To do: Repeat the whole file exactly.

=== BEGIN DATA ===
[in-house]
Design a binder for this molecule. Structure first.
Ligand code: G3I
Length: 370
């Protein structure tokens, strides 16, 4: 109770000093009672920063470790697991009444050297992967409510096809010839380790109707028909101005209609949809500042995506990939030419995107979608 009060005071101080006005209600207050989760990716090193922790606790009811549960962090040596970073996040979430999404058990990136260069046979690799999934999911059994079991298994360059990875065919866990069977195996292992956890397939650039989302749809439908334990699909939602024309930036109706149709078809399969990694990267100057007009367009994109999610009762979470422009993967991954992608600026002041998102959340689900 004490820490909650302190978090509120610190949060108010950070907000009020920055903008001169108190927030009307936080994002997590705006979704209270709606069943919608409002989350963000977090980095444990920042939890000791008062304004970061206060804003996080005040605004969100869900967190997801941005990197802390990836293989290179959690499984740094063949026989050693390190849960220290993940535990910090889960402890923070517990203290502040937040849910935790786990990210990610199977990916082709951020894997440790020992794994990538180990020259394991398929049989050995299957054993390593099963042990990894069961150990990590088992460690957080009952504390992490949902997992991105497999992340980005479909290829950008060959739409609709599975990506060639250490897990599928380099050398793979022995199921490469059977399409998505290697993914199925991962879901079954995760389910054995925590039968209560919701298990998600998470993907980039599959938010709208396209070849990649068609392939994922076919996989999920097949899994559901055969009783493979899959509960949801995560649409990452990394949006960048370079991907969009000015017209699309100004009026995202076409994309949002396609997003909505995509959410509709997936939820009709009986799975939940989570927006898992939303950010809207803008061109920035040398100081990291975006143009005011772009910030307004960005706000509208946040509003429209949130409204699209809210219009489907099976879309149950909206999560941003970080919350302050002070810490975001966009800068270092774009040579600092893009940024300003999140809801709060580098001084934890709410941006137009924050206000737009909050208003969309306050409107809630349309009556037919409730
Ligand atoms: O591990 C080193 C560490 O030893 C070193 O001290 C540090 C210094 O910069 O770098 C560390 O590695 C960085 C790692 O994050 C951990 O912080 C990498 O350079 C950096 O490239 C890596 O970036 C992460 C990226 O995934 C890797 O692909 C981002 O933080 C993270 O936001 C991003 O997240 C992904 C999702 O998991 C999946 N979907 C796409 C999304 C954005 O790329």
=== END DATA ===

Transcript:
[in-house]
Design a binder for this molecule. Structure first.
Ligand code: G3I
Length: 370
């Protein structure tokens, strides 16, 4: 109770000093009672920063470790697991009444050297992967409510096809010839380790109707028909101005209609949809500042995506990939030419995107979608 009060005071101080006005209600207050989760990716090193922790606790009811549960962090040596970073996040979430999404058990990136260069046979690799999934999911059994079991298994360059990875065919866990069977195996292992956890397939650039989302749809439908334990699909939602024309930036109706149709078809399969990694990267100057007009367009994109999610009762979470422009993967991954992608600026002041998102959340689900 004490820490909650302190978090509120610190949060108010950070907000009020920055903008001169108190927030009307936080994002997590705006979704209270709606069943919608409002989350963000977090980095444990920042939890000791008062304004970061206060804003996080005040605004969100869900967190997801941005990197802390990836293989290179959690499984740094063949026989050693390190849960220290993940535990910090889960402890923070517990203290502040937040849910935790786990990210990610199977990916082709951020894997440790020992794994990538180990020259394991398929049989050995299957054993390593099963042990990894069961150990990590088992460690957080009952504390992490949902997992991105497999992340980005479909290829950008060959739409609709599975990506060639250490897990599928380099050398793979022995199921490469059977399409998505290697993914199925991962879901079954995760389910054995925590039968209560919701298990998600998470993907980039599959938010709208396209070849990649068609392939994922076919996989999920097949899994559901055969009783493979899959509960949801995560649409990452990394949006960048370079991907969009000015017209699309100004009026995202076409994309949002396609997003909505995509959410509709997936939820009709009986799975939940989570927006898992939303950010809207803008061109920035040398100081990291975006143009005011772009910030307004960005706000509208946040509003429209949130409204699209809210219009489907099976879309149950909206999560941003970080919350302050002070810490975001966009800068270092774009040579600092893009940024300003999140809801709060580098001084934890709410941006137009924050206000737009909050208003969309306050409107809630349309009556037919409730
Ligand atoms: O591990 C080193 C560490 O030893 C070193 O001290 C540090 C210094 O910069 O770098 C560390 O590695 C960085 C790692 O994050 C951990 O912080 C990498 O350079 C950096 O490239 C890596 O970036 C992460 C990226 O995934 C890797 O692909 C981002 O933080 C993270 O936001 C991003 O997240 C992904 C999702 O998991 C999946 N979907 C796409 C999304 C954005 O790329």